When asked, the G.T.R. had notably failed to disown the idea. Apparently feeling the heat, they soon made a lateral move: The G.T.R. offered to buy the McTague property, the block bounded by Mont, Exhibition, London, and Woolwich streets beside Exhibition Park, for $5,000 (Mercury, 6 September 1905). They would then exchange this property for the fairgrounds, so that the city could put its planned Armoury on the McTague property while the G.T.R. could put its freight yards downtown.

The city declined the offer. (Guelphites may well ponder what the Exhibition Park neighbourhood would be like if it had accepted.)

Nevertheless, there were cogent reasons for having a new station on the Jubilee Park site. The G.T.R.'s engineer (and, eventually, the Railway Commission's own engineer) argued that the old site was not adequate and could not be feasibly adapted to serve for a new station. Over the years, steam engines had become more efficient and powerful and, as a result, trains had gotten longer and heavier. The engineers were convinced that a platform of suitable length and breadth was feasible only at the Park.

These longer trains also increasingly interfered with traffic. Trains stopped at the old station typically stretched across the level crossings at Neeve and Wyndham streets. There, they prevented Guelphites from passing from the Ward to downtown or the reverse, often for 40 minutes at a time. Of course, people could circumnavigate these trains by going around and under Allan's bridge or around by Gordon street. Still, in the days when people got around mostly by foot or horse power, such detours were most unwelcome.

The other main reason to adopt the Jubilee Park site was safety. The existing level crossings were a constant source of danger to life and limb. On 28 June 1904, Guelphites received a grisly reminder of this fact (Mercury, 29 June 1904). Mr. Arthur Trenerry, a young English plasterer working for the Mahoney Bros. on a job in the Ward, returned to his boarding house downtown over Allan's footbridge, around 6:15 in the evening. Apparently distracted or confused by the passage of the G.T.R. train No. 2 overhead, he failed to notice or hear the C.P.R. train approaching Macdonnell street from the south. He was struck by the engine and carried across the street on its cowcatcher while the engineer applied the brakes. Unfortunately, Trenerry's legs were drawn under the screaming engine's wheels, severing the left leg completely above the ankle and crushing the right leg irreparably in the same location. While receiving medical attention, Trenerry said he wished he had been killed outright and begged for anything to relieve the pain. He was given opiates and died about four hours later in Guelph General Hospital.

The jury of the Coroner's inquest found the engineer blameless as he had taken all the usual precautions such as moving slowly and blowing the engine's whistle repeatedly. However, the jury took issue with the design of the crossing and, indeed, with all level crossings in the area (Mercury, 30 June 1904):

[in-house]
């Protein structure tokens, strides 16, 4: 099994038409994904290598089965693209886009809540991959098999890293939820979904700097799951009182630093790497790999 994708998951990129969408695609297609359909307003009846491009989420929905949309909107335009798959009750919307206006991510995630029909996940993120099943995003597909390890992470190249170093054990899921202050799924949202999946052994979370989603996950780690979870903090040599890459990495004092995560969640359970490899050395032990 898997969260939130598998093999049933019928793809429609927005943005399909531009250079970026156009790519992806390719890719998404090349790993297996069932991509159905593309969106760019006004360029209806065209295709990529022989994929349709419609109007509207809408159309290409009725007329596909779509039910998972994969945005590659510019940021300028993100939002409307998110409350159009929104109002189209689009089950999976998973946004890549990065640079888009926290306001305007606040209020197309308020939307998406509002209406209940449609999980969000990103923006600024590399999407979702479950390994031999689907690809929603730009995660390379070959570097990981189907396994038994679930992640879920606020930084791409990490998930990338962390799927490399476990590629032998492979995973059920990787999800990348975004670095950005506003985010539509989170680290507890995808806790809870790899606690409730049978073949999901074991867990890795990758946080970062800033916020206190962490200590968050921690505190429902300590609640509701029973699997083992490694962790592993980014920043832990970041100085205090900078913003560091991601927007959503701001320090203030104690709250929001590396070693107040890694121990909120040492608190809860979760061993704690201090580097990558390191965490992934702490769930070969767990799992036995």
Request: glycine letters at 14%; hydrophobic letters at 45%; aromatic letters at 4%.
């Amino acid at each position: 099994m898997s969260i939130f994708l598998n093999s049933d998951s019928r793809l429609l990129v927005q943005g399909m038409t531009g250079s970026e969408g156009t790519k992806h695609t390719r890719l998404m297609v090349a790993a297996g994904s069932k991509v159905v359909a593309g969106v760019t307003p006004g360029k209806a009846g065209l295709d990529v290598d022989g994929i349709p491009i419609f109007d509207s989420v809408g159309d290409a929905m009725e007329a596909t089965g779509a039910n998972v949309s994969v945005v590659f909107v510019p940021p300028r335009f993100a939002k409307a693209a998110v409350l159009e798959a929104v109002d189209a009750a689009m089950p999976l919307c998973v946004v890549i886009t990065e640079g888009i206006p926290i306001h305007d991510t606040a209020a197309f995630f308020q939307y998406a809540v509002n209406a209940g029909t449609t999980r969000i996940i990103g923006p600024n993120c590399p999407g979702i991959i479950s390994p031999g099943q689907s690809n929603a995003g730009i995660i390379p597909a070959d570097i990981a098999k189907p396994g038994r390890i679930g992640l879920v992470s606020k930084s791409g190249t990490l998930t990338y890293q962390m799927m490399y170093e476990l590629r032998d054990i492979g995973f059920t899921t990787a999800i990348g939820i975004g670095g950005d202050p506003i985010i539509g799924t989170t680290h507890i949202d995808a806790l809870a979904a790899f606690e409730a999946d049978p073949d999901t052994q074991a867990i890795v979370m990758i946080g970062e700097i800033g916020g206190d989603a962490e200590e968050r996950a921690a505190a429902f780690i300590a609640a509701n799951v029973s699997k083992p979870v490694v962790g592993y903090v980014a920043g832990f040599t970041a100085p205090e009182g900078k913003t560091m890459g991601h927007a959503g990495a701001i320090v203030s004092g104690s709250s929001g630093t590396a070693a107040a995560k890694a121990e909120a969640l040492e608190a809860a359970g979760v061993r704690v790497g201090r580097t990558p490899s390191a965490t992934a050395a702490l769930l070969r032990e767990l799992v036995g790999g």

The jury regard the crossing, where deceased met his death, as being a dangerous one, and would recommend that the C.P. Railway authorities be notified to at once to take steps to prevent similar accidents occurring by erecting gates, which we deem to be absolutely necessary now, and will be doubly so in view of the extension of the road to Goderich.
The jury, it is understood, were strongly in favor of having a gate placed along the whole length of the foot-path and roadway of the bridge, and also in favor of the G.T.R. having gates on all its crossings in the city, although this was irrelevant to the matter under consideration.
J.W. Lyon, a proponent of the expropriation of Jubilee Park, argued that it would be much easier for the G.T.R. to construct underpasses (then called "subways") to separate street traffic from train traffic altogether with a station at Jubilee Park (Mercury, 14 November 1904). Such separation would help to remove a danger that Guelphites well knew and feared. In the view of many business people like Lyon, in an ever busier Guelph, such safety features were ever more needed.

At the end of 1905, the Railway Commission ruled in favour of the G.T.R. and authorized expropriation of Jubilee Park, subject to a number of conditions (Mercury, 28 December 1905). Although many Guelphites did not approve of the decision, it was widely expected and there was relief that, at least, the Royal City would soon have a shiny new train station.

Yet, arrival of the new station was not so near. The Commission instructed both parties to negotiate a division of costs for the Park, the underpasses, and other expenses. Unsurprisingly, given their history, neither side was willing to concede much. As a result, negotiations dragged on. Finally, as explained in my discussion of the Wyndham street underpass, the city sued the G.T.R. in 1908 for maintaining a public nuisance, that being its old station and level crossings downtown. To make a long story short, a settlement of the whole dispute was not made until the end of 1910!